- .Tax Tribunal Appeals
- .HMRC Seized Goods
- .HMRC Inspections
- .Civil Investigations of Fraud and Disclosure
- .Conspiracy to Defraud
- .Excise Duty Fraud
- .HMRC Criminal Investigation
- .HMRC Interview Under Caution
- .HMRC Litigation – Bankruptcy or Winding Up Proceedings
- .HMRC Regulatory Advice
- .Involvement in Tax Avoidance Schemes
- .Non-payment of Income Tax
- .PAYE and Payroll Fraud
- .Research and Development Tax Fraud
- .Tax Credit Fraud
- .Tax Dispute Resolution
- .Tax Evasion and Penalties
- .Tax Investigation Criminal Proceedings
- .Tax Investigations
- .Tax Tribunal
- .VAT Compliance and Inspection
- .VAT Missing Trader Intra-Community Fraud (MTIC)
- .VAT Repayment Fraud
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Conspiracy to Defraud
Conspiracy to defraud takes place when an agreement is made between two or more people to either commit fraud. It’s important to remember that, to be found guilty of conspiracy to defraud, the defendant does not need to have actually carried out crime. They only have to have agreed to performing it.
Examples of Conspiracy to Defraud
There are many instances in which a person could be found guilty of conspiracy to defraud, so it would be impossible to list them all here. However, a scenario for a conspiracy to defraud crime is outlined below.
One of the most common examples of this crime is when two or more fraudsters deceive a person of authority / responsibility into acting against their duties, and becoming involved in the conspiracy. However, if things go wrong, the victim becomes the ‘fall guy’, and is the one who takes the blame for the crime.
Another interesting example occurs when two or more people plan to intentionally deprive someone of something that is rightfully theirs. This commonly occurs when the victim is exposed to an intentional financial risk or disadvantage.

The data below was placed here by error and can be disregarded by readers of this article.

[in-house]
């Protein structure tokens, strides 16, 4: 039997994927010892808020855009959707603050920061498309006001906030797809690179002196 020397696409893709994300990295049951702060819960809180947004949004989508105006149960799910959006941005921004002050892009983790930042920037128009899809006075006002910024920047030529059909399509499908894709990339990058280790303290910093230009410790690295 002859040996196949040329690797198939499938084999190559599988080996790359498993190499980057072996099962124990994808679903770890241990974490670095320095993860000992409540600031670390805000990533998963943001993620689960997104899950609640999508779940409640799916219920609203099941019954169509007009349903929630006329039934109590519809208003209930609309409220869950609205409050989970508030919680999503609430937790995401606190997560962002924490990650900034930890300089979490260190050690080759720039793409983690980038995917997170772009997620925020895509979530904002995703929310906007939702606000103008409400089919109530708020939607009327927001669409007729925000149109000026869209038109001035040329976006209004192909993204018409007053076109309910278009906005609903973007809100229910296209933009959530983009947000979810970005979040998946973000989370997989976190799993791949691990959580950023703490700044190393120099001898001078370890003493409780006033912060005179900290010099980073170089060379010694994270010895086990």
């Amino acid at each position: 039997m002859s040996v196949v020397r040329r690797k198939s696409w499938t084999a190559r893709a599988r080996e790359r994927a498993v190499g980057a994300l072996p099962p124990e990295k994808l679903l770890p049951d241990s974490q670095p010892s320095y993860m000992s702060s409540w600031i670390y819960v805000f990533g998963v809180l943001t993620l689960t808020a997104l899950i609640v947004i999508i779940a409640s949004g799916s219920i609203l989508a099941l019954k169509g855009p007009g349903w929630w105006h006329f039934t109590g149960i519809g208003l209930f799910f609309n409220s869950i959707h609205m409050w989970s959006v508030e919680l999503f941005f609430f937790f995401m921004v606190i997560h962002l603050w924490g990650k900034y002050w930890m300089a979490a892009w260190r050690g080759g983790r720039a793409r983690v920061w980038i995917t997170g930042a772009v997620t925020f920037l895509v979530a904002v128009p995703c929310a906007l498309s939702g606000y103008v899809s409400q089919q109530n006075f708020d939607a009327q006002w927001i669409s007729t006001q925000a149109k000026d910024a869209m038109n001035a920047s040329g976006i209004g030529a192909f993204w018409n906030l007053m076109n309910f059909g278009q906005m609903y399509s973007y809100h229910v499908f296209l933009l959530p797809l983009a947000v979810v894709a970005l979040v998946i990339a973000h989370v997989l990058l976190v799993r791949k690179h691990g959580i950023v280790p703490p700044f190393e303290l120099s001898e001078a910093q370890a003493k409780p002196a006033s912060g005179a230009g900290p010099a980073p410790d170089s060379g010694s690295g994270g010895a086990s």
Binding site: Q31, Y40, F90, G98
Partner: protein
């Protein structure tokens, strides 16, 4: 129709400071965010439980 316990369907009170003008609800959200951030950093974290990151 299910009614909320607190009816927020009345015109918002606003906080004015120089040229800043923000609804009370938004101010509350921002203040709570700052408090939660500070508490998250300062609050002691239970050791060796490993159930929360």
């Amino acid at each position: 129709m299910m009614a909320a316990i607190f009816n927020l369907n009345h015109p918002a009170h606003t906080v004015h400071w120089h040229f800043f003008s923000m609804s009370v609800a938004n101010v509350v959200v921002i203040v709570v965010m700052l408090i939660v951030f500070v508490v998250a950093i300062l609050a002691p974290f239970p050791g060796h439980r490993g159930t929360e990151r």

What is the punishment for being convicted of conspiracy to defraud?
If you’ve been charged with conspiracy to defraud, you will be tried in the crown court. The maximum penalty you could face for this crime is ten years imprisonment and/or an unlimited fine.
What do the prosecution have to prove? The main aspect of the case that the prosecution must prove is that the defendant acted dishonestly, and was fully aware of the crime they were committing. However, it’s worth noting that maximum sentences remain quite rare, and are usually only given in the most serious cases.
What should I do if I’ve been accused of conspiracy to defraud?
This is a serious crime, so you should contact a solicitors and get professional advice as soon as possible. Our expert team of Business & Tax Solicitors are dedicated to handling cases like yours. Contact us today for expert legal advice.
When it comes to tax services, our solicitors have a reassuring amount of experience. We’ve been defending fraud cases for more than twenty years.
Additional resources are now being directed by HMRC to identify and tackle tax avoidance, tax evasion and organised criminal attacks on the system.